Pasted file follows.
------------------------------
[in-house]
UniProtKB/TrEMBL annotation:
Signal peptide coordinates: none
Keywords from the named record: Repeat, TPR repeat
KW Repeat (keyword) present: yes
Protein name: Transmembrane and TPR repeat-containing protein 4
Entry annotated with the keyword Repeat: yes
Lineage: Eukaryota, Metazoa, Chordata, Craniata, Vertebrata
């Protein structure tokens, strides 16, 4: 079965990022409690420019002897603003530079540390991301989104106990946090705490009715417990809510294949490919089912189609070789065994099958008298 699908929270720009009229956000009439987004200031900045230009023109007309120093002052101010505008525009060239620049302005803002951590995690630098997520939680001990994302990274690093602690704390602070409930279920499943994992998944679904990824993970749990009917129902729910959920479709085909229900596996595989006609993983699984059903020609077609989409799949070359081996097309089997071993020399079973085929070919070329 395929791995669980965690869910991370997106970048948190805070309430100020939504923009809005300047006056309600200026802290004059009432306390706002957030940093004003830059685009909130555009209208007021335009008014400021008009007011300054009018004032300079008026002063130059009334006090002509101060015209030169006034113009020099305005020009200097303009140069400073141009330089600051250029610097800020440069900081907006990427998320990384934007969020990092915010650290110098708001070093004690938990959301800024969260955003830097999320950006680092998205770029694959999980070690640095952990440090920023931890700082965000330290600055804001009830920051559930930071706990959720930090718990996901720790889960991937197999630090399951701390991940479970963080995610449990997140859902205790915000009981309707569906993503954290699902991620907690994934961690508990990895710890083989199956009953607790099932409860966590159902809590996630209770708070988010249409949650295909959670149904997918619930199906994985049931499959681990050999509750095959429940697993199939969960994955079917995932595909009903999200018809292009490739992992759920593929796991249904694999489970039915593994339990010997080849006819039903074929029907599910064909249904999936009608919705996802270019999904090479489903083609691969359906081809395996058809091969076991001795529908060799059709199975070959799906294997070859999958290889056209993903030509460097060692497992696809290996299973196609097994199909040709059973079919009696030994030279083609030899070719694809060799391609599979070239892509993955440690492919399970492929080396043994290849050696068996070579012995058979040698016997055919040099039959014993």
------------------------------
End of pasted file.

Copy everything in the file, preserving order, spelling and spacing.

[in-house]
UniProtKB/TrEMBL annotation:
Signal peptide coordinates: none
Keywords from the named record: Repeat, TPR repeat
KW Repeat (keyword) present: yes
Protein name: Transmembrane and TPR repeat-containing protein 4
Entry annotated with the keyword Repeat: yes
Lineage: Eukaryota, Metazoa, Chordata, Craniata, Vertebrata
């Protein structure tokens, strides 16, 4: 079965990022409690420019002897603003530079540390991301989104106990946090705490009715417990809510294949490919089912189609070789065994099958008298 699908929270720009009229956000009439987004200031900045230009023109007309120093002052101010505008525009060239620049302005803002951590995690630098997520939680001990994302990274690093602690704390602070409930279920499943994992998944679904990824993970749990009917129902729910959920479709085909229900596996595989006609993983699984059903020609077609989409799949070359081996097309089997071993020399079973085929070919070329 395929791995669980965690869910991370997106970048948190805070309430100020939504923009809005300047006056309600200026802290004059009432306390706002957030940093004003830059685009909130555009209208007021335009008014400021008009007011300054009018004032300079008026002063130059009334006090002509101060015209030169006034113009020099305005020009200097303009140069400073141009330089600051250029610097800020440069900081907006990427998320990384934007969020990092915010650290110098708001070093004690938990959301800024969260955003830097999320950006680092998205770029694959999980070690640095952990440090920023931890700082965000330290600055804001009830920051559930930071706990959720930090718990996901720790889960991937197999630090399951701390991940479970963080995610449990997140859902205790915000009981309707569906993503954290699902991620907690994934961690508990990895710890083989199956009953607790099932409860966590159902809590996630209770708070988010249409949650295909959670149904997918619930199906994985049931499959681990050999509750095959429940697993199939969960994955079917995932595909009903999200018809292009490739992992759920593929796991249904694999489970039915593994339990010997080849006819039903074929029907599910064909249904999936009608919705996802270019999904090479489903083609691969359906081809395996058809091969076991001795529908060799059709199975070959799906294997070859999958290889056209993903030509460097060692497992696809290996299973196609097994199909040709059973079919009696030994030279083609030899070719694809060799391609599979070239892509993955440690492919399970492929080396043994290849050696068996070579012995058979040698016997055919040099039959014993």